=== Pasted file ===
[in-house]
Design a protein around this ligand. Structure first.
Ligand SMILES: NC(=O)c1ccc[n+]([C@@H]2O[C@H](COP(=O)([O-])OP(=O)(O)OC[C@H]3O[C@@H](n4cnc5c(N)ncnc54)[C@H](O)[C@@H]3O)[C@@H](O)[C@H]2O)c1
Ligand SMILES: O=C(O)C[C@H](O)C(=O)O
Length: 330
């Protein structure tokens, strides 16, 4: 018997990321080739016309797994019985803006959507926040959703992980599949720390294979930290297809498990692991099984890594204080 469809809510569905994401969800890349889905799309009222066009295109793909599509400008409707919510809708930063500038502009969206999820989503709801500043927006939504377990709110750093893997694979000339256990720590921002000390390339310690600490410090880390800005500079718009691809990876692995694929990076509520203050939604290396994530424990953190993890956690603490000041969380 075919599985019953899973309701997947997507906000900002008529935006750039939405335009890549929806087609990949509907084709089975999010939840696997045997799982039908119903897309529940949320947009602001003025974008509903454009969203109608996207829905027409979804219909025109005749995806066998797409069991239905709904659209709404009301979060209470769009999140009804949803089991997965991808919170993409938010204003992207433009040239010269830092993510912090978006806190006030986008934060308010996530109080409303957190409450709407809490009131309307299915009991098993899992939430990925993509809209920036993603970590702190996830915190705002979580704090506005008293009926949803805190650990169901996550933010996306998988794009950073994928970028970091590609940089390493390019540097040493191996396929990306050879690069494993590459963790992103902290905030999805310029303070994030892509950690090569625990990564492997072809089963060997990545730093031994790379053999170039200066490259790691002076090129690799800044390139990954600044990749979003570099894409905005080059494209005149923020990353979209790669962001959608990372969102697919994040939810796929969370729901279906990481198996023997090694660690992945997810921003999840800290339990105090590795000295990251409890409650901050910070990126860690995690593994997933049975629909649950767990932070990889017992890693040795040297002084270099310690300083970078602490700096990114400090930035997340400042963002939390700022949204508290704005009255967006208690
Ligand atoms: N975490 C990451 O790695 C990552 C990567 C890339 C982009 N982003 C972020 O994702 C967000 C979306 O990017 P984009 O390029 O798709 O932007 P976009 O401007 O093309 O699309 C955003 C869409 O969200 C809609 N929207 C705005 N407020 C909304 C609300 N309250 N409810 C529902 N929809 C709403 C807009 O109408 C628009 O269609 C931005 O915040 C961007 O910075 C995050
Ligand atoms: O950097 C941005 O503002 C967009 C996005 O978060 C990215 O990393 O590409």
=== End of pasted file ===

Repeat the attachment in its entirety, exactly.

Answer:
[in-house]
Design a protein around this ligand. Structure first.
Ligand SMILES: NC(=O)c1ccc[n+]([C@@H]2O[C@H](COP(=O)([O-])OP(=O)(O)OC[C@H]3O[C@@H](n4cnc5c(N)ncnc54)[C@H](O)[C@@H]3O)[C@@H](O)[C@H]2O)c1
Ligand SMILES: O=C(O)C[C@H](O)C(=O)O
Length: 330
């Protein structure tokens, strides 16, 4: 018997990321080739016309797994019985803006959507926040959703992980599949720390294979930290297809498990692991099984890594204080 469809809510569905994401969800890349889905799309009222066009295109793909599509400008409707919510809708930063500038502009969206999820989503709801500043927006939504377990709110750093893997694979000339256990720590921002000390390339310690600490410090880390800005500079718009691809990876692995694929990076509520203050939604290396994530424990953190993890956690603490000041969380 075919599985019953899973309701997947997507906000900002008529935006750039939405335009890549929806087609990949509907084709089975999010939840696997045997799982039908119903897309529940949320947009602001003025974008509903454009969203109608996207829905027409979804219909025109005749995806066998797409069991239905709904659209709404009301979060209470769009999140009804949803089991997965991808919170993409938010204003992207433009040239010269830092993510912090978006806190006030986008934060308010996530109080409303957190409450709407809490009131309307299915009991098993899992939430990925993509809209920036993603970590702190996830915190705002979580704090506005008293009926949803805190650990169901996550933010996306998988794009950073994928970028970091590609940089390493390019540097040493191996396929990306050879690069494993590459963790992103902290905030999805310029303070994030892509950690090569625990990564492997072809089963060997990545730093031994790379053999170039200066490259790691002076090129690799800044390139990954600044990749979003570099894409905005080059494209005149923020990353979209790669962001959608990372969102697919994040939810796929969370729901279906990481198996023997090694660690992945997810921003999840800290339990105090590795000295990251409890409650901050910070990126860690995690593994997933049975629909649950767990932070990889017992890693040795040297002084270099310690300083970078602490700096990114400090930035997340400042963002939390700022949204508290704005009255967006208690
Ligand atoms: N975490 C990451 O790695 C990552 C990567 C890339 C982009 N982003 C972020 O994702 C967000 C979306 O990017 P984009 O390029 O798709 O932007 P976009 O401007 O093309 O699309 C955003 C869409 O969200 C809609 N929207 C705005 N407020 C909304 C609300 N309250 N409810 C529902 N929809 C709403 C807009 O109408 C628009 O269609 C931005 O915040 C961007 O910075 C995050
Ligand atoms: O950097 C941005 O503002 C967009 C996005 O978060 C990215 O990393 O590409």